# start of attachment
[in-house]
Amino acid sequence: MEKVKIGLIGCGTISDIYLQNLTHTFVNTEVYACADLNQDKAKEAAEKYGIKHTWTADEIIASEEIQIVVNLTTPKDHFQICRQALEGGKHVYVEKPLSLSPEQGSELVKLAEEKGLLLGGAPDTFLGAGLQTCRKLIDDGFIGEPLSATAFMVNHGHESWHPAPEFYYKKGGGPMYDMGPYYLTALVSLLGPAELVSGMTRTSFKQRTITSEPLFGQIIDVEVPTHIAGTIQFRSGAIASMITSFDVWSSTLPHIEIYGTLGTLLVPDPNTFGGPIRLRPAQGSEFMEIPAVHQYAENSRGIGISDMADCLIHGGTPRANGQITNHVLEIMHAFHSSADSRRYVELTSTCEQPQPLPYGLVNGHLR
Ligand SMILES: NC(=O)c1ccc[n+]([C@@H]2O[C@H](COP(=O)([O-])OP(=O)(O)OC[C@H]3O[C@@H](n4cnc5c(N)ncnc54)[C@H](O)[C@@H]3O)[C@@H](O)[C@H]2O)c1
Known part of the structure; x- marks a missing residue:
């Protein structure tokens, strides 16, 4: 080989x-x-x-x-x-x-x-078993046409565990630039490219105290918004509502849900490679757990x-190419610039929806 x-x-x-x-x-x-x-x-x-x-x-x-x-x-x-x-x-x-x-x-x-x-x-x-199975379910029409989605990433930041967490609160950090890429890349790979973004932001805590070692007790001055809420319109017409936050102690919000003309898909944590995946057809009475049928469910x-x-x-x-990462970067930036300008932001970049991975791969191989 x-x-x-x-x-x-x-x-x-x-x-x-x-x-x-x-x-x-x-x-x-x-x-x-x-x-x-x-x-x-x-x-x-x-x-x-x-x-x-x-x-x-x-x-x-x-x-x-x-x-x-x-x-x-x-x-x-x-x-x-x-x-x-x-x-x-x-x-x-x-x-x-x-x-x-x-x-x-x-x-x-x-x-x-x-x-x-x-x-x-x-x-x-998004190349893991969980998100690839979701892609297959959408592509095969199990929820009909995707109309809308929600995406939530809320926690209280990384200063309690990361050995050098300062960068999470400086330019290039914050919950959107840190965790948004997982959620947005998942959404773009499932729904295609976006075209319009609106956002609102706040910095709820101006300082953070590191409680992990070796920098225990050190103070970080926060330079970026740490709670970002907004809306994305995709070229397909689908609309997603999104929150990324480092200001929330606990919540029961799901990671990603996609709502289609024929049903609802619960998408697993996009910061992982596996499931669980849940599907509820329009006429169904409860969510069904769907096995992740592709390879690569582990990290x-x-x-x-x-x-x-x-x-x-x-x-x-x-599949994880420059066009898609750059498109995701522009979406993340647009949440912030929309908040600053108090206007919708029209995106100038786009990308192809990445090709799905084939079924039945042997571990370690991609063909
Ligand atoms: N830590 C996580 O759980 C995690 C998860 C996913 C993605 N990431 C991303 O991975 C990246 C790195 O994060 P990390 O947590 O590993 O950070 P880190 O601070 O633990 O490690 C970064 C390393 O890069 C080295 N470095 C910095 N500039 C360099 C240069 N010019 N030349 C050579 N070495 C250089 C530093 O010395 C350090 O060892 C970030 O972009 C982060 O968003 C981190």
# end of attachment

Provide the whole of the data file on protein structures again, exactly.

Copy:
[in-house]
Amino acid sequence: MEKVKIGLIGCGTISDIYLQNLTHTFVNTEVYACADLNQDKAKEAAEKYGIKHTWTADEIIASEEIQIVVNLTTPKDHFQICRQALEGGKHVYVEKPLSLSPEQGSELVKLAEEKGLLLGGAPDTFLGAGLQTCRKLIDDGFIGEPLSATAFMVNHGHESWHPAPEFYYKKGGGPMYDMGPYYLTALVSLLGPAELVSGMTRTSFKQRTITSEPLFGQIIDVEVPTHIAGTIQFRSGAIASMITSFDVWSSTLPHIEIYGTLGTLLVPDPNTFGGPIRLRPAQGSEFMEIPAVHQYAENSRGIGISDMADCLIHGGTPRANGQITNHVLEIMHAFHSSADSRRYVELTSTCEQPQPLPYGLVNGHLR
Ligand SMILES: NC(=O)c1ccc[n+]([C@@H]2O[C@H](COP(=O)([O-])OP(=O)(O)OC[C@H]3O[C@@H](n4cnc5c(N)ncnc54)[C@H](O)[C@@H]3O)[C@@H](O)[C@H]2O)c1
Known part of the structure; x- marks a missing residue:
């Protein structure tokens, strides 16, 4: 080989x-x-x-x-x-x-x-078993046409565990630039490219105290918004509502849900490679757990x-190419610039929806 x-x-x-x-x-x-x-x-x-x-x-x-x-x-x-x-x-x-x-x-x-x-x-x-199975379910029409989605990433930041967490609160950090890429890349790979973004932001805590070692007790001055809420319109017409936050102690919000003309898909944590995946057809009475049928469910x-x-x-x-990462970067930036300008932001970049991975791969191989 x-x-x-x-x-x-x-x-x-x-x-x-x-x-x-x-x-x-x-x-x-x-x-x-x-x-x-x-x-x-x-x-x-x-x-x-x-x-x-x-x-x-x-x-x-x-x-x-x-x-x-x-x-x-x-x-x-x-x-x-x-x-x-x-x-x-x-x-x-x-x-x-x-x-x-x-x-x-x-x-x-x-x-x-x-x-x-x-x-x-x-x-x-998004190349893991969980998100690839979701892609297959959408592509095969199990929820009909995707109309809308929600995406939530809320926690209280990384200063309690990361050995050098300062960068999470400086330019290039914050919950959107840190965790948004997982959620947005998942959404773009499932729904295609976006075209319009609106956002609102706040910095709820101006300082953070590191409680992990070796920098225990050190103070970080926060330079970026740490709670970002907004809306994305995709070229397909689908609309997603999104929150990324480092200001929330606990919540029961799901990671990603996609709502289609024929049903609802619960998408697993996009910061992982596996499931669980849940599907509820329009006429169904409860969510069904769907096995992740592709390879690569582990990290x-x-x-x-x-x-x-x-x-x-x-x-x-x-599949994880420059066009898609750059498109995701522009979406993340647009949440912030929309908040600053108090206007919708029209995106100038786009990308192809990445090709799905084939079924039945042997571990370690991609063909
Ligand atoms: N830590 C996580 O759980 C995690 C998860 C996913 C993605 N990431 C991303 O991975 C990246 C790195 O994060 P990390 O947590 O590993 O950070 P880190 O601070 O633990 O490690 C970064 C390393 O890069 C080295 N470095 C910095 N500039 C360099 C240069 N010019 N030349 C050579 N070495 C250089 C530093 O010395 C350090 O060892 C970030 O972009 C982060 O968003 C981190």